Tibby is also a member of the 2015-2016 Teacher Leader program, which fosters the professional development of highly motivated students by providing them with challenging, extracurricular opportunities in the education community as well as a highly qualified mentor.

In the past, Tibby has been a volunteer research writer for Dr. Jennifer Barrett-Tatum leading to two publications in the field of education.

As a Teacher Leader, Tibby looks forward to gaining invaluable experiences, which she will utilize in the Charleston educational community with high hopes of making a difference in our educational system.

under: Academics, Diversity, Early Childhood Education, Education, Elementary Education, Graduate Programs, Graduate School Office, Graduate Student Association, Middle Grades Education, Professional Development, Prospective Students


Brittany Lavelle Tulla is the proprietor and principal architectural historian for the Charleston-based firm BVL Historic Preservation Research, which specializes in historic property research and National Register nominations. Brittany also serves as the executive director for the Charleston World Heritage Coalition and is an adjunct professor in the Department of Historic Preservation at the College of Charleston. She is a frequent contributor to local preservation publications and has had the honor to professionally support the efforts of Charleston’s leading preservation organizations, such as Historic Charleston Foundation, the Preservation Society of Charleston and Drayton Hall, where she received the 2015 Wood Family Fellowship. In addition to serving on several committees for local preservation groups, Brittany is a board member of the Charleston Heritage Symposium and founder of the Young Preservationists of Charleston. In 2014, she was featured in Historic Charleston Foundation’s “Women Who Impact Preservation.” Brittany is passionate about Charleston history and is committed to documenting the area’s heritage and historic places through researching and profiling its built environment and cultural landscapes.

Brittany received her Master of Science in Historic Preservation from the College of Charleston/Clemson University joint program in Charleston, SC in 2012.


under: Academics, Charleston, Diversity, Graduate Programs, Graduate School Office, Guest Bloggers, Historic Preservation, Professional Development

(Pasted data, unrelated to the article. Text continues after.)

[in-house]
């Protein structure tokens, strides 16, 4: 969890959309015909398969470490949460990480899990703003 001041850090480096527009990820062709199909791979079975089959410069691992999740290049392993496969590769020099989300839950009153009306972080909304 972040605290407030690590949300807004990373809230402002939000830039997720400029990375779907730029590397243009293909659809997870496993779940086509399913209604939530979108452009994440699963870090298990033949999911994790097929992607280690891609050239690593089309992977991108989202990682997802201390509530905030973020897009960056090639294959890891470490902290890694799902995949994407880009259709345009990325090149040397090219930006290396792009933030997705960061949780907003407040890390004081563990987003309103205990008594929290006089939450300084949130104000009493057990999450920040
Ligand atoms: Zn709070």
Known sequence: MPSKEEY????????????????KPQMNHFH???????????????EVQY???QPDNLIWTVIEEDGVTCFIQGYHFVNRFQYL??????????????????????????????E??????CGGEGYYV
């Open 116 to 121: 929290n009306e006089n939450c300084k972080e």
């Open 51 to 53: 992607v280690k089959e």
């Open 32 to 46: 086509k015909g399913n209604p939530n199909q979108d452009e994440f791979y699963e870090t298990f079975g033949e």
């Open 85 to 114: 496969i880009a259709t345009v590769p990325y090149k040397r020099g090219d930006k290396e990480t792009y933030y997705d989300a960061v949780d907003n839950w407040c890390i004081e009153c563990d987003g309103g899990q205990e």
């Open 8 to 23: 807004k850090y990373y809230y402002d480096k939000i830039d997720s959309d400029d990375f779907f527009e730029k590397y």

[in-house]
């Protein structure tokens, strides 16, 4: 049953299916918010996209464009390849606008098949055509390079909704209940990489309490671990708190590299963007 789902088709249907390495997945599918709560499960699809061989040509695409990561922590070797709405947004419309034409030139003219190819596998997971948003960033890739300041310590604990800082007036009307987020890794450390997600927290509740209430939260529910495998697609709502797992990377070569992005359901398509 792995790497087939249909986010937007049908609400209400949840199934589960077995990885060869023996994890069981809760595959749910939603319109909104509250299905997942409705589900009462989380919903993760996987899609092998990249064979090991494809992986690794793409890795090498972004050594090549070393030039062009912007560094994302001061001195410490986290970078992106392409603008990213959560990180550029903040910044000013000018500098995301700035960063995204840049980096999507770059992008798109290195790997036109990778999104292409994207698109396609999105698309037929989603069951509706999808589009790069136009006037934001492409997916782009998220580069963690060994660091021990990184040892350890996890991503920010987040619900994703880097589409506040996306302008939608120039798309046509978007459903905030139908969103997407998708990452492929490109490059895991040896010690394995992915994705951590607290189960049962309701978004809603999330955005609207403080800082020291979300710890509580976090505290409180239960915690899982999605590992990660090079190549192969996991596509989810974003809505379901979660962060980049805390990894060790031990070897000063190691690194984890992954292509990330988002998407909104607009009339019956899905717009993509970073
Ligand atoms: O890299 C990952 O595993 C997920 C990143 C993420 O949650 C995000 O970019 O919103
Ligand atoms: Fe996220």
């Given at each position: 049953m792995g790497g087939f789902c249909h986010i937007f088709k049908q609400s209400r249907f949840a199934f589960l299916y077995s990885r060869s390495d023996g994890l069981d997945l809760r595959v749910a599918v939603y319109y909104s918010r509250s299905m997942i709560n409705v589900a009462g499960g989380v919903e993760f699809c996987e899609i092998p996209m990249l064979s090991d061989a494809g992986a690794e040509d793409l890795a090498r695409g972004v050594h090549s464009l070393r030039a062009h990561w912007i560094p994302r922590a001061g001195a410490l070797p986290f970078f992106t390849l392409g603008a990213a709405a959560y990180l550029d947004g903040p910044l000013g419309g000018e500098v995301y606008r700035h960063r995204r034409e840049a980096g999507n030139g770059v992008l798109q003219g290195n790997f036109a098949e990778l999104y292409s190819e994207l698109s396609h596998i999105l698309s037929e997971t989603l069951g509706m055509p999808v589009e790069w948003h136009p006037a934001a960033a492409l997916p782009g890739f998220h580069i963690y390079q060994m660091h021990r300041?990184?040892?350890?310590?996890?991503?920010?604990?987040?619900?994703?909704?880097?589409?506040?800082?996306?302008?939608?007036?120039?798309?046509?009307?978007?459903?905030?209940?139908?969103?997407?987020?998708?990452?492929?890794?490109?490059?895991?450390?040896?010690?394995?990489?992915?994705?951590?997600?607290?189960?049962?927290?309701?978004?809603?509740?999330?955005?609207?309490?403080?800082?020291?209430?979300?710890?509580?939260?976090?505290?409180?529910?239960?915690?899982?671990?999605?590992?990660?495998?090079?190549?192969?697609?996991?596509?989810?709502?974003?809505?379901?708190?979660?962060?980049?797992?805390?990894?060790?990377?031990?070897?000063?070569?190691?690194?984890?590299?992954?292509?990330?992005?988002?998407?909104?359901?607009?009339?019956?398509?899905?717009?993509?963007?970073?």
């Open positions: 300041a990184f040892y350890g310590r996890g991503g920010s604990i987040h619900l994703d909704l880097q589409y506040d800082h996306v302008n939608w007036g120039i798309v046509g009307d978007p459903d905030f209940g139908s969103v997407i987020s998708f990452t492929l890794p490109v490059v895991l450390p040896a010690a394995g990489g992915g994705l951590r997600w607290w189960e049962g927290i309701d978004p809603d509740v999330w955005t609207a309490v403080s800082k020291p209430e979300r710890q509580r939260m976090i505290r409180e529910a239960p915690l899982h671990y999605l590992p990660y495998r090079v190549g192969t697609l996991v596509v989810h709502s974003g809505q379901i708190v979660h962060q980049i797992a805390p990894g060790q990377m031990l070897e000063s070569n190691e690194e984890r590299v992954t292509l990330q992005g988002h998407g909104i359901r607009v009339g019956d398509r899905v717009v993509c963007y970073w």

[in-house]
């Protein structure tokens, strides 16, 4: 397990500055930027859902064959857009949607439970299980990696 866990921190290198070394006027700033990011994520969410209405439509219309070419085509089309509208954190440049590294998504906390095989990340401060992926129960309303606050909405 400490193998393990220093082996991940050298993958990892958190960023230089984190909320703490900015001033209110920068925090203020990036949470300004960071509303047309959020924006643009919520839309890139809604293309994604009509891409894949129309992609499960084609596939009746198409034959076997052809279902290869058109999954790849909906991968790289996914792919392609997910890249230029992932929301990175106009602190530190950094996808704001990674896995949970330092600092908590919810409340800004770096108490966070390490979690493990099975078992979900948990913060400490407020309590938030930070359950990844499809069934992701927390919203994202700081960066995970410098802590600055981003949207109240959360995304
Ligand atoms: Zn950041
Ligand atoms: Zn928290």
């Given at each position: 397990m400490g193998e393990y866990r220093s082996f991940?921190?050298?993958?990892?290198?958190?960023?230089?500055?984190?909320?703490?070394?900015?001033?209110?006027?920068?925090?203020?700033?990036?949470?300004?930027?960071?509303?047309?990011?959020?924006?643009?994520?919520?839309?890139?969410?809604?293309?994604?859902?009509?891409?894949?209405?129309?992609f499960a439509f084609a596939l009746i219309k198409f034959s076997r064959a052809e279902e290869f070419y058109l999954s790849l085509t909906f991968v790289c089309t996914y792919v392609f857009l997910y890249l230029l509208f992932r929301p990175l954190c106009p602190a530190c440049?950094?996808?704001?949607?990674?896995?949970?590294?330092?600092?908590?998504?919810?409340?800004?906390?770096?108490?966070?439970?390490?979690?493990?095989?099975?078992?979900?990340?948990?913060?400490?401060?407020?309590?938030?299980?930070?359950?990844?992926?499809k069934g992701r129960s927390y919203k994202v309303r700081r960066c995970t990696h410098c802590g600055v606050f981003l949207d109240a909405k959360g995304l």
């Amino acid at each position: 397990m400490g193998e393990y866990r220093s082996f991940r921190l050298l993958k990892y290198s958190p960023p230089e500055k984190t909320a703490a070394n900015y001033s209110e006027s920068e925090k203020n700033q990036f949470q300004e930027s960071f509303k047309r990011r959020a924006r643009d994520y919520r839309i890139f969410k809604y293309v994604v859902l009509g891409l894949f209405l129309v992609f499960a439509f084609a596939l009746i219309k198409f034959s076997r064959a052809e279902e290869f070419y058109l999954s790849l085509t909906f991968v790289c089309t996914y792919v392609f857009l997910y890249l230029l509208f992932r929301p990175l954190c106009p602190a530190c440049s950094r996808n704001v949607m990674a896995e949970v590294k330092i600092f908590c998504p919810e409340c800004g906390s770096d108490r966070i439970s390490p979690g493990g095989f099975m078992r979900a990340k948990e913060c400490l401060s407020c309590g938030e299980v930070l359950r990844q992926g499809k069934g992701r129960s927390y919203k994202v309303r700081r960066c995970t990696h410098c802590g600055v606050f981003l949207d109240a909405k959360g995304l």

Graduate Alum Kendy Altizer

Posted by: McCrayCC | September 29, 2015 | No Comment |

Altizer Head Shot

Kendy Altizer graduated from the University of Texas in Arlington with a double degree, Bachelor of Arts in History and Anthropology. After graduating from college, she spent a number of years in Cultural Resource Management,  and worked her way up the ladder in a variety of capacities in a number of different states. She eventually began spending more and more time in the office writing reports and learning the business side of Cultural Resource Management. While she enjoyed the consulting aspect of archaeology, she wanted a different challenge than what CRM could offer with the level of education she had attained so, she decided to go back to school. Instead of pursuing a traditional graduate degree in Anthropology Kendy opted for the Master of Science in Historic Preservation Program offered by Clemson University and the College of Charleston. She really wanted a different perspective on artifacts and wanted to explore conservation of the built environment.

A thesis project was required as part of her graduate program and Kendy was afforded the opportunity to study Peachtree Plantation on the South Santee River.  Using archaeology, history, and architectural precedents to understand the ruin of the main house and present a ground level floor plan and possible room uses. Kendy also presented a preservation plan for the ruin, which has since been implemented by the property owner. While working on her thesis, she knew there was much more to study and think about at Peachtree and that body of work would really just start the conversation of the broader plantation landscape. Kendy felt that that she could continue to make a contribution to Lowcountry scholarship, she decided to continue her education at the University of Tennessee in Knoxville. Kendy is currently in my second year as a PhD student in the Anthropology Department, her focus is historical archaeology and she is continuing to work at Peachtree with a broadened focus on the plantation landscape and colonial era enslaved lifeways. The time she spent at MSHP and CofC was invaluable and enabled me to choose a more academic career path, which is something I never thought I would do.

Best of luck Kendy as you pursue your Doctoral degree!

under: Accountancy, Arts Management, Business Administration, Charleston, Communication, Computer & Information Sciences, ESOL, Graduate Programs, Graduate School Office, Graduate Student Association, Historic Preservation, History, Peace Corps Masters International, Professional Development, Prospective Students, Student Services, Travel